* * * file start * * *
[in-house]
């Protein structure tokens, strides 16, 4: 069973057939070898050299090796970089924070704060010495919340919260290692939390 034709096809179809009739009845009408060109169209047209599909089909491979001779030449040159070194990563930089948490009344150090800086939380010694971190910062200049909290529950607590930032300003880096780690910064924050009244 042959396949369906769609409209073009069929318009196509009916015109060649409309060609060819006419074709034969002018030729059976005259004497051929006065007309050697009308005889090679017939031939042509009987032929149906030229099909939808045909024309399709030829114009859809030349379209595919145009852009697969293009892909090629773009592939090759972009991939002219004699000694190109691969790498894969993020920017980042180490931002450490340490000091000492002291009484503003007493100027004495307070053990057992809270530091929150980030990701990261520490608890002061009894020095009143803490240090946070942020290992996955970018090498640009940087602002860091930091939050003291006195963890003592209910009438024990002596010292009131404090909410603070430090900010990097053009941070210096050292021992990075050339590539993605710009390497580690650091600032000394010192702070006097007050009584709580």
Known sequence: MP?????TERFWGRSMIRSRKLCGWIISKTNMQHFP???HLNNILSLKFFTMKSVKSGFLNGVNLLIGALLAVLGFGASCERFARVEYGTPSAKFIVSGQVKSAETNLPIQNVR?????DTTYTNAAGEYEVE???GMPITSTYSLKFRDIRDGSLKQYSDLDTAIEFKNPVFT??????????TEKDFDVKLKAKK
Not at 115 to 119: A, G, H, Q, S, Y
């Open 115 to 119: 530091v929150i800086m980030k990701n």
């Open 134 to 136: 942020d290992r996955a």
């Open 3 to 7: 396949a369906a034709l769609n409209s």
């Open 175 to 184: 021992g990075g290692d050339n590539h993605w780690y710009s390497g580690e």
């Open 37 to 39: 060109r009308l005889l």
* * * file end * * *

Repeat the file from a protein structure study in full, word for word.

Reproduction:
[in-house]
């Protein structure tokens, strides 16, 4: 069973057939070898050299090796970089924070704060010495919340919260290692939390 034709096809179809009739009845009408060109169209047209599909089909491979001779030449040159070194990563930089948490009344150090800086939380010694971190910062200049909290529950607590930032300003880096780690910064924050009244 042959396949369906769609409209073009069929318009196509009916015109060649409309060609060819006419074709034969002018030729059976005259004497051929006065007309050697009308005889090679017939031939042509009987032929149906030229099909939808045909024309399709030829114009859809030349379209595919145009852009697969293009892909090629773009592939090759972009991939002219004699000694190109691969790498894969993020920017980042180490931002450490340490000091000492002291009484503003007493100027004495307070053990057992809270530091929150980030990701990261520490608890002061009894020095009143803490240090946070942020290992996955970018090498640009940087602002860091930091939050003291006195963890003592209910009438024990002596010292009131404090909410603070430090900010990097053009941070210096050292021992990075050339590539993605710009390497580690650091600032000394010192702070006097007050009584709580």
Known sequence: MP?????TERFWGRSMIRSRKLCGWIISKTNMQHFP???HLNNILSLKFFTMKSVKSGFLNGVNLLIGALLAVLGFGASCERFARVEYGTPSAKFIVSGQVKSAETNLPIQNVR?????DTTYTNAAGEYEVE???GMPITSTYSLKFRDIRDGSLKQYSDLDTAIEFKNPVFT??????????TEKDFDVKLKAKK
Not at 115 to 119: A, G, H, Q, S, Y
């Open 115 to 119: 530091v929150i800086m980030k990701n």
């Open 134 to 136: 942020d290992r996955a």
């Open 3 to 7: 396949a369906a034709l769609n409209s």
């Open 175 to 184: 021992g990075g290692d050339n590539h993605w780690y710009s390497g580690e």
């Open 37 to 39: 060109r009308l005889l």